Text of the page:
According to Chew, a recent request came from a customer who wanted to take a 9,600-lb. single-rear-wheel cutaway, and up-rate it to 10,050 lbs.
Another such request came from a shuttlebus customer who wanted to move from a Class 2 to Class 3 vehicle. Both requests appear based on the fact that in some cases standards may be less stringent.
Why Changing Commercial Vehicle Truck Class Can Be Tough
Chew explained when a vehicle moves from medim-duty Class 3 to light-duty Class 2, the de-rate is not simple. Other more stringent standards for brakes and crash safety come into play.
"It is sometimes easier to up-rate than to de-rate a truck because the requirements may be lower," said Chew. "We've had occasions where we could meet certain safety standards with a vehicle at 10,000 lbs., rather than at 10,500 lbs., because once you drop it down that extra 500 lbs., your stopping distance improves. The vehicle weighs less, but the standard itself may be such that you can't meet it without major brake changes."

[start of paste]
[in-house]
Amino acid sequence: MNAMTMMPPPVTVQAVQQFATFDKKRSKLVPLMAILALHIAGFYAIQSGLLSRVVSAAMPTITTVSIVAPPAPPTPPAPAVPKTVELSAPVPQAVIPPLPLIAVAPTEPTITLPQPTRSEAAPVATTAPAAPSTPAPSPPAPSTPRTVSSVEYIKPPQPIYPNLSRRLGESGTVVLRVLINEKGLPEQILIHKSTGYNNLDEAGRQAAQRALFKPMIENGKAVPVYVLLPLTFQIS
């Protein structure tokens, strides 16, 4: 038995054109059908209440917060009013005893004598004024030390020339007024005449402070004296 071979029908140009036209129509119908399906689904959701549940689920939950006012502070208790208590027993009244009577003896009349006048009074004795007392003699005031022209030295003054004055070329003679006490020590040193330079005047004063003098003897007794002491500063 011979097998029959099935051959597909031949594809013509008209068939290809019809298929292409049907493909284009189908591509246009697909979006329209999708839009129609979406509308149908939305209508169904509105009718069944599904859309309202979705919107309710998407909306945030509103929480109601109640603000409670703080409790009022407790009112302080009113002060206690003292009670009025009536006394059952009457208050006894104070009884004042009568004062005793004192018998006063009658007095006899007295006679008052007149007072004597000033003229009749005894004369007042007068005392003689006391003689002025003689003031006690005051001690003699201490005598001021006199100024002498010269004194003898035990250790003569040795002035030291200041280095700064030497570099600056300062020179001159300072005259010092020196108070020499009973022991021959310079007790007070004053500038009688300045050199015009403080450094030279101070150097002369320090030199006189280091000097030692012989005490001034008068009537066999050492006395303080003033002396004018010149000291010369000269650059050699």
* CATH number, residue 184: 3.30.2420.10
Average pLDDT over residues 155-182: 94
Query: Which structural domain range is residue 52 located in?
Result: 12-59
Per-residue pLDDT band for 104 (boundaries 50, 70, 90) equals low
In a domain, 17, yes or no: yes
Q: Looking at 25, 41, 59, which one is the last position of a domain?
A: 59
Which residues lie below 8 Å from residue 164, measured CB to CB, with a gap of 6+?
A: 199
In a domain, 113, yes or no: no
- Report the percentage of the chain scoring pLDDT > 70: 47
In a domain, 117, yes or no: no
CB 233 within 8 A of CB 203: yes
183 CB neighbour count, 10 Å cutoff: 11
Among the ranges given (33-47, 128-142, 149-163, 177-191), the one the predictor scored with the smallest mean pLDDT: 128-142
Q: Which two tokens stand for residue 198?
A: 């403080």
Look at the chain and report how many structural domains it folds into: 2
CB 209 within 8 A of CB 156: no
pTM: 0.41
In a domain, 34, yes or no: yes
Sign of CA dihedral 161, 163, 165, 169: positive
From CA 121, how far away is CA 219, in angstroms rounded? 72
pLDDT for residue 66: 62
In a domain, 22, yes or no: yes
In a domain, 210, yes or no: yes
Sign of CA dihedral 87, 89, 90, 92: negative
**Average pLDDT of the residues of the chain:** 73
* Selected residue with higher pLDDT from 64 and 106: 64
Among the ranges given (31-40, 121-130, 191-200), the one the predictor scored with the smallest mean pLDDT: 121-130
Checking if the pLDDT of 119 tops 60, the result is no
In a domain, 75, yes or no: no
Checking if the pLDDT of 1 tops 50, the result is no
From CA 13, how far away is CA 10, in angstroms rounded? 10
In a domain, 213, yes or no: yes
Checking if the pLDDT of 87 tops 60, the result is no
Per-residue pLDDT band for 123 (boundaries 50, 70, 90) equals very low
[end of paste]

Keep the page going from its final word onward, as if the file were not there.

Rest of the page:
Chew also noted that upfitters make changes that affect the GVWR.
"Sometimes upfitters will re-rate a vehicle, but when they do that, they're on their own as far as vehicle sign-off and certification is concerned. Most of our fleet customers want the vehicle to be Vehicle Identification Numbered (VINed) and certified by Ford to meet the safety standards that apply to the chassis when it leaves our plant. The Federal Motor Carrier Safety Administration (FMCSA) has a Web site that covers all the requirements," Chew added.
What is the Impact of the VIN?
So, can a VIN be changed? Beattie described the final steps in the re-rating process, noting that re-rating a truck is affected by:
- Emissions requirements
- Crash safety
- Other Federal Motor Vehicle Safety Standards (FMVSS) requirements.
In addition, the fourth position character in the VIN specifies the weight class of the truck. The VSO recode process makes sure the numbers on the VIN plate and paperwork match the actual vehicle.
When a customer wants a de rate or an increase, he or she must go to the dealer, who submits a VSO inquiry, a formal process in which the dealer submits the request to Ford. Beattie and Chew determine the request's feasibility and then process it. Re-rating happens, but it is not easy.
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Editor's Note: This article was updated June 2023.